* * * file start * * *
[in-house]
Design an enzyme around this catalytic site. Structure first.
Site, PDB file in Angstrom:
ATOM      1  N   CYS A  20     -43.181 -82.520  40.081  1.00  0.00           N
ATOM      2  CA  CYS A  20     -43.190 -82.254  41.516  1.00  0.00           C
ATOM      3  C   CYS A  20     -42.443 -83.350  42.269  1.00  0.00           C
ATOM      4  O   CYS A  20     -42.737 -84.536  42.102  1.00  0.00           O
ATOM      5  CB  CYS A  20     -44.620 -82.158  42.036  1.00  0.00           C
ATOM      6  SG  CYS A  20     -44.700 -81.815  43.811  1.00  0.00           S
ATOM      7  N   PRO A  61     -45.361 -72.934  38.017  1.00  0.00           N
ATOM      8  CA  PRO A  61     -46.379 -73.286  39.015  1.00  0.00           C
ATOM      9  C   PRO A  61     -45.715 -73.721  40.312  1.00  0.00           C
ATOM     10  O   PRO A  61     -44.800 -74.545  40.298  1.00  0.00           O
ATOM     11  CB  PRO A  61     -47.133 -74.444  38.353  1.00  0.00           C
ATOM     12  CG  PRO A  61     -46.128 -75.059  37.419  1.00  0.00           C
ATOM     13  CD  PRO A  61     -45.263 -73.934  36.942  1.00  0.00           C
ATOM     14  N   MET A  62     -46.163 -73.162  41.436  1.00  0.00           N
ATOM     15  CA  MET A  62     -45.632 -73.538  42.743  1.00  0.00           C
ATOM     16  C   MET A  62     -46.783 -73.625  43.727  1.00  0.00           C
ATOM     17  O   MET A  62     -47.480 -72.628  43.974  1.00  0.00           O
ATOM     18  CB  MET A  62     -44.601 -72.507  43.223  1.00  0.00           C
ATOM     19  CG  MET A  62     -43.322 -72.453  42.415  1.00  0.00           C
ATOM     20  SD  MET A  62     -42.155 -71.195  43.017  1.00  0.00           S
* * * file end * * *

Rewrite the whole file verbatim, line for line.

[in-house]
Design an enzyme around this catalytic site. Structure first.
Site, PDB file in Angstrom:
ATOM      1  N   CYS A  20     -43.181 -82.520  40.081  1.00  0.00           N
ATOM      2  CA  CYS A  20     -43.190 -82.254  41.516  1.00  0.00           C
ATOM      3  C   CYS A  20     -42.443 -83.350  42.269  1.00  0.00           C
ATOM      4  O   CYS A  20     -42.737 -84.536  42.102  1.00  0.00           O
ATOM      5  CB  CYS A  20     -44.620 -82.158  42.036  1.00  0.00           C
ATOM      6  SG  CYS A  20     -44.700 -81.815  43.811  1.00  0.00           S
ATOM      7  N   PRO A  61     -45.361 -72.934  38.017  1.00  0.00           N
ATOM      8  CA  PRO A  61     -46.379 -73.286  39.015  1.00  0.00           C
ATOM      9  C   PRO A  61     -45.715 -73.721  40.312  1.00  0.00           C
ATOM     10  O   PRO A  61     -44.800 -74.545  40.298  1.00  0.00           O
ATOM     11  CB  PRO A  61     -47.133 -74.444  38.353  1.00  0.00           C
ATOM     12  CG  PRO A  61     -46.128 -75.059  37.419  1.00  0.00           C
ATOM     13  CD  PRO A  61     -45.263 -73.934  36.942  1.00  0.00           C
ATOM     14  N   MET A  62     -46.163 -73.162  41.436  1.00  0.00           N
ATOM     15  CA  MET A  62     -45.632 -73.538  42.743  1.00  0.00           C
ATOM     16  C   MET A  62     -46.783 -73.625  43.727  1.00  0.00           C
ATOM     17  O   MET A  62     -47.480 -72.628  43.974  1.00  0.00           O
ATOM     18  CB  MET A  62     -44.601 -72.507  43.223  1.00  0.00           C
ATOM     19  CG  MET A  62     -43.322 -72.453  42.415  1.00  0.00           C
ATOM     20  SD  MET A  62     -42.155 -71.195  43.017  1.00  0.00           S